by Dr. Keren Yarhi-Milo
Intelligence drives operations. Or at least that is what Army doctrine teaches and intelligence professionals believe and repeat. Keren Yarhi-Milo’s thesis of “Selective Attention,” however, argues that the organizational expertise of the IC is less influential than decision makers’ own personal perceptions and theories when predicting an adversary’s intentions. She examines three competing theses -capabilities, military doctrine, behavior signals – in the context of three case studies – British perceptions of Nazi Germany pre-WWII, Soviet intentions during Carter presidency, and Soviet intentions at end of the Cold War.
The Selective Attention thesis posits that decision makers and the IC form judgments about intentions in different ways. Decision makers rely more on vivid information, particularly their personal interactions with adversary leaders, and their emotional reaction to highly salient or tangible information. Leaders, however, are often over-confident in their ability to judge an adversary’s character and sincerity. They also fall prey to subjective credibility, similar to confirmation bias, in which they ignore contrary information rather than change their pre-existing beliefs. The IC, by contrast, deals with information through its bureaucratic structure, which tends to overemphasize military capabilities in assessing adversary intentions. A heavy reliance on military capabilities may cause the IC to underestimate the threat posed by mis/disinformation and cyberspace capabilities which are difficult to quantify and attribute. The IC is also subject to confirmation bias and can find ways to justify an arms build-up as either a defensive or offensive measure, depending on the standing analytical line, which would drive different policy and military responses.
How leaders assess intentions has important implications for the various elements of the IC. Analysts must understand the diverse and complex ways in which leaders make decisions and what type and form of information they value. Effective intelligence assessments should provide broad insights into a situation that can assist a leader in framing a problem; personal anecdotes could make the information more vivid. Briefers with personal experience in a country or with a particular adversary leader will likely be viewed as more credible as well. To improve the validity of assessments, the IC must also study an adversary’s methods of signaling intentions from a whole of nation approach, not just military capabilities. The IC is filled with dedicated, capable analysts; in order for their work to be of value and truly drive operations, it must include comprehensive and varied methods to assess an adversary’s intentions, and decision-makers must read, heed, and believe the content.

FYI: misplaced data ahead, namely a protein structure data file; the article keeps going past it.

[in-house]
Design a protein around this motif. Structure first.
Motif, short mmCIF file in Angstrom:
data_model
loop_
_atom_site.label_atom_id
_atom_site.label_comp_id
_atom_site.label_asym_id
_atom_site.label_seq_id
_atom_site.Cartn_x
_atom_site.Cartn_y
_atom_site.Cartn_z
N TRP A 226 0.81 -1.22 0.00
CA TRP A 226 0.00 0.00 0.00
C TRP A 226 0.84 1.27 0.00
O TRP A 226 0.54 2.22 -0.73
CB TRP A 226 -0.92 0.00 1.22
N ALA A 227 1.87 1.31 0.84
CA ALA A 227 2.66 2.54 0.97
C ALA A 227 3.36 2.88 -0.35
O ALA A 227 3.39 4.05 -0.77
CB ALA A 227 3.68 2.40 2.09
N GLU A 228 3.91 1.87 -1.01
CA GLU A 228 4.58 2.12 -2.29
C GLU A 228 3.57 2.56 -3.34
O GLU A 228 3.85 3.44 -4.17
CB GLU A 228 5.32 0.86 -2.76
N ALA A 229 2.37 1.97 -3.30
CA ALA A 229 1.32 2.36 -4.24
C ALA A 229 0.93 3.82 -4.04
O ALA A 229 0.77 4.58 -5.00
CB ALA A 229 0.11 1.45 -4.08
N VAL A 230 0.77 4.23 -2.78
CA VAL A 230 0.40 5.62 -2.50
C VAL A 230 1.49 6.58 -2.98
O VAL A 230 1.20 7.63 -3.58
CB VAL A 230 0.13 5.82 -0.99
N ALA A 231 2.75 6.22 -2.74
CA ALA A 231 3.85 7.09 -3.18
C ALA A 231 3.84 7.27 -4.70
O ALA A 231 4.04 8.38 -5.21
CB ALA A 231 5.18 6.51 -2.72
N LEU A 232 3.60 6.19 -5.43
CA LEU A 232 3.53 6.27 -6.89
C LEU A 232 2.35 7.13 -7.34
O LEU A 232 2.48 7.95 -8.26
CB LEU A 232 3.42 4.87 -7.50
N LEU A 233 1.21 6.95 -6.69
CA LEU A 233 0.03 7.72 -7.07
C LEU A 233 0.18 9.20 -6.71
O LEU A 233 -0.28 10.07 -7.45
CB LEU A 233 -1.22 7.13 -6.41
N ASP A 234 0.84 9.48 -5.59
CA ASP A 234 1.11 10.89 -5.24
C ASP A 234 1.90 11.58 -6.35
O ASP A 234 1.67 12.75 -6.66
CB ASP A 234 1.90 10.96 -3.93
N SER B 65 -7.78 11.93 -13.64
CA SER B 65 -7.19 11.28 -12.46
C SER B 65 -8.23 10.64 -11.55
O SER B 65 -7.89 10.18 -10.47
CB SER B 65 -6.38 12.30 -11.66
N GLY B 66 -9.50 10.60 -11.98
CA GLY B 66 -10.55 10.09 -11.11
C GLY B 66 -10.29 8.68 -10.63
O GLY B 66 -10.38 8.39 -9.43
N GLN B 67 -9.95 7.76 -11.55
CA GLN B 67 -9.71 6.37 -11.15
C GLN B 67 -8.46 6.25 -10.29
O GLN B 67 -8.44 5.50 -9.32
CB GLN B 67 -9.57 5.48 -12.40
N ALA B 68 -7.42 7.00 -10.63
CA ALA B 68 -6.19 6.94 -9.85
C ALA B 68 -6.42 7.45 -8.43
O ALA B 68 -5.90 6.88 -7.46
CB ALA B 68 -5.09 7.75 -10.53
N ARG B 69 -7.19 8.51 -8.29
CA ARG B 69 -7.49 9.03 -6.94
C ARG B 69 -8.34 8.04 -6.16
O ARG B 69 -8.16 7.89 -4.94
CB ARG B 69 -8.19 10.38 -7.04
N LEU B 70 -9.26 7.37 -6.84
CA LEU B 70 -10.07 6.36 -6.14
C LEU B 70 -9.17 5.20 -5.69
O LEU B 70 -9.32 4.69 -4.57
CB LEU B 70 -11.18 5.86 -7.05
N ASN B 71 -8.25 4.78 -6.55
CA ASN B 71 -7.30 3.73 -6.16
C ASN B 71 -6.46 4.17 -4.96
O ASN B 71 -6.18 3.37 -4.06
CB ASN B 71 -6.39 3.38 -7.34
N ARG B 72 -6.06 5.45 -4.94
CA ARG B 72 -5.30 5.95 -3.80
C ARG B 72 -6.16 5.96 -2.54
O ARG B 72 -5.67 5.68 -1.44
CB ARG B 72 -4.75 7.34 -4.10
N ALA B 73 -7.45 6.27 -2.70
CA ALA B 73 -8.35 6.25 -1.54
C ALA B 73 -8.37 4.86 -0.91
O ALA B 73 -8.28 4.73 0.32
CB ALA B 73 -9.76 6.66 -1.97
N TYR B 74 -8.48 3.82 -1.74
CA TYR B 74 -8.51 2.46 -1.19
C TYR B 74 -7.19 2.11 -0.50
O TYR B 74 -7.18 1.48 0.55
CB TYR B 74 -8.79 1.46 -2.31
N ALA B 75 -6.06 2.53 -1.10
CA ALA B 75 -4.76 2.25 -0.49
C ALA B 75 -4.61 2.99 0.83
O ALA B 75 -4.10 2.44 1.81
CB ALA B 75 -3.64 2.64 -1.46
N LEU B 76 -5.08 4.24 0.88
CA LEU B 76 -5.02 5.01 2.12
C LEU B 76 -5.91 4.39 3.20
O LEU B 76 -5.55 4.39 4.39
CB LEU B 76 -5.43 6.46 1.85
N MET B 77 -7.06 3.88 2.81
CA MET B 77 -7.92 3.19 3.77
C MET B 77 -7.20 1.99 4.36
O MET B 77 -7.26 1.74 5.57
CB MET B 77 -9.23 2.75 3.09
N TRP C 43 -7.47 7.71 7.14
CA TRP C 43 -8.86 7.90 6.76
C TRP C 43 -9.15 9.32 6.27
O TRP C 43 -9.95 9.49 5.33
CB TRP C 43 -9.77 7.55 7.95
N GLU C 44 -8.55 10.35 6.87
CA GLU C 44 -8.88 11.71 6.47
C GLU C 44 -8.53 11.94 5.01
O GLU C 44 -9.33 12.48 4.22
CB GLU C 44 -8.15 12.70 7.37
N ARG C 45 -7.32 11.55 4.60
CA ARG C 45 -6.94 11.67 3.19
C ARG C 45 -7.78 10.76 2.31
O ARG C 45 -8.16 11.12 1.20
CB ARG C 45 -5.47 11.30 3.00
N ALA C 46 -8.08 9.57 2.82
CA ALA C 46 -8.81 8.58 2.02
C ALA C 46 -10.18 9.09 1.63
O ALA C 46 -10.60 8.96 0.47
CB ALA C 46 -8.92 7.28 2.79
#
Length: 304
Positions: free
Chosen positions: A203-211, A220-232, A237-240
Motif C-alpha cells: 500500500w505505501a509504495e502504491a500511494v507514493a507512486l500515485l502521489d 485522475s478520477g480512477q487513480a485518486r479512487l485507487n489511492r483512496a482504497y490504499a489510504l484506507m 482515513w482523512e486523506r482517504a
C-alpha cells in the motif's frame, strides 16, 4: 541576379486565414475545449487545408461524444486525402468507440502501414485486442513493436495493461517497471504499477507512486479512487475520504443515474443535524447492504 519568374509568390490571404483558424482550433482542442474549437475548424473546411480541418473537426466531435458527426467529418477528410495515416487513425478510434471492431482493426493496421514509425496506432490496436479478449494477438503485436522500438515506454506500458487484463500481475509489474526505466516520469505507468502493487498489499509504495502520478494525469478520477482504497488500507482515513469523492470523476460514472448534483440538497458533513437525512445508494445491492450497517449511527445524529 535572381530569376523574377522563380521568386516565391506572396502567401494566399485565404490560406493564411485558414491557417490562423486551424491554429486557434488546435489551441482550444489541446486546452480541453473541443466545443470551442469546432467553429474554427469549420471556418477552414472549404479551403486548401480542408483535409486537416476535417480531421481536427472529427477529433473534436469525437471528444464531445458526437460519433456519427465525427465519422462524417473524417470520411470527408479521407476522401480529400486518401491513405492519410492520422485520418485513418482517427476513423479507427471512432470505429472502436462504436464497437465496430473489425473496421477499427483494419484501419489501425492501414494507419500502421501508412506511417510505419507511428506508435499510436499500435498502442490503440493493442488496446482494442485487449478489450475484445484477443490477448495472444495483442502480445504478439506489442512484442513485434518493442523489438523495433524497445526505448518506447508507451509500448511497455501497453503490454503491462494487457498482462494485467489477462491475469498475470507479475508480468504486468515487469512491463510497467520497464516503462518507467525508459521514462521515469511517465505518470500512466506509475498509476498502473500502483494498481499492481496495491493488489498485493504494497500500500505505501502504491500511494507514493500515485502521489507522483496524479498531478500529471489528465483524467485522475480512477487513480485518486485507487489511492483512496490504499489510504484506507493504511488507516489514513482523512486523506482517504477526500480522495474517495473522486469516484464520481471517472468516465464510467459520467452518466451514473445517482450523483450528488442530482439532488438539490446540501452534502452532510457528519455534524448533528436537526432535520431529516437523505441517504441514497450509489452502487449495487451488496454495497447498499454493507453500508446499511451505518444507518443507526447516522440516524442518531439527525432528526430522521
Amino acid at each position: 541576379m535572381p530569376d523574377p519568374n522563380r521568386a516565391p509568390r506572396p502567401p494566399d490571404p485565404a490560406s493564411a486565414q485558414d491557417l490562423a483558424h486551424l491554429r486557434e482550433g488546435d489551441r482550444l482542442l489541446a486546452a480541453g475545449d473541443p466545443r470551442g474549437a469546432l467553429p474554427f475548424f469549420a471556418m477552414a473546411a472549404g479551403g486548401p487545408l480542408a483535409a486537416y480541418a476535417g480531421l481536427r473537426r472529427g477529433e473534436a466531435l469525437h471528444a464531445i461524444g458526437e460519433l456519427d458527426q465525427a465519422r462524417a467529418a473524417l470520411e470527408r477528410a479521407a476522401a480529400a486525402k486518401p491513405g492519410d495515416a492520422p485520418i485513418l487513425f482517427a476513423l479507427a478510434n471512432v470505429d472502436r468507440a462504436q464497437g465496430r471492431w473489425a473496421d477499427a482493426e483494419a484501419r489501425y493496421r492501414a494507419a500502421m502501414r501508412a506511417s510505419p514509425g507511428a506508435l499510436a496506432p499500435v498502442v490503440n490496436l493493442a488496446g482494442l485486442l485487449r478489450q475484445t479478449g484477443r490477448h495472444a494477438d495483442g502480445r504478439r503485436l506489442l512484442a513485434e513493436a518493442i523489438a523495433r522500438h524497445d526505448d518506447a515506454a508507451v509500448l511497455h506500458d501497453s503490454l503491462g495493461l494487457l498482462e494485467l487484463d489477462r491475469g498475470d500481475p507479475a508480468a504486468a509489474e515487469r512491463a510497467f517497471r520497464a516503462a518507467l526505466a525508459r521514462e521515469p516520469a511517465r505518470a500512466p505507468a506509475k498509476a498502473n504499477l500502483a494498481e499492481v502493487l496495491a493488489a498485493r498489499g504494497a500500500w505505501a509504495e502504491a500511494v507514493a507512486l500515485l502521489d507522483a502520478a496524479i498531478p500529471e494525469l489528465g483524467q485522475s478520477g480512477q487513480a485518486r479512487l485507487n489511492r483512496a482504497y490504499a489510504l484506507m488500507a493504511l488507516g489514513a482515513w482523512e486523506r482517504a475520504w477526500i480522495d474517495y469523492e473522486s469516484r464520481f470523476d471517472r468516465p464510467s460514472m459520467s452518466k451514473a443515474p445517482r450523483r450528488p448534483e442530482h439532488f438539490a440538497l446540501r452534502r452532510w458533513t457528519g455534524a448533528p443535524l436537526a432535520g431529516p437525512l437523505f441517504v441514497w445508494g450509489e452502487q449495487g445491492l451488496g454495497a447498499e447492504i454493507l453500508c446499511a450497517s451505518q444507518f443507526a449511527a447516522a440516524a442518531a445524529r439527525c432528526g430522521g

Follow Up Questions:
- How do national security leaders interpret the Gersimov doctrine?
- How do analysts make intelligence documents vivid, operationally relevant, and offer broad insights?
- What type of intelligence is effective in informing domestic audiences?
- Why don’t all NIEs include net assessments of threat vs. U.S. capabilities?
- How can the IC account for information and cyber capabilities when assessing an adversary’s intentions?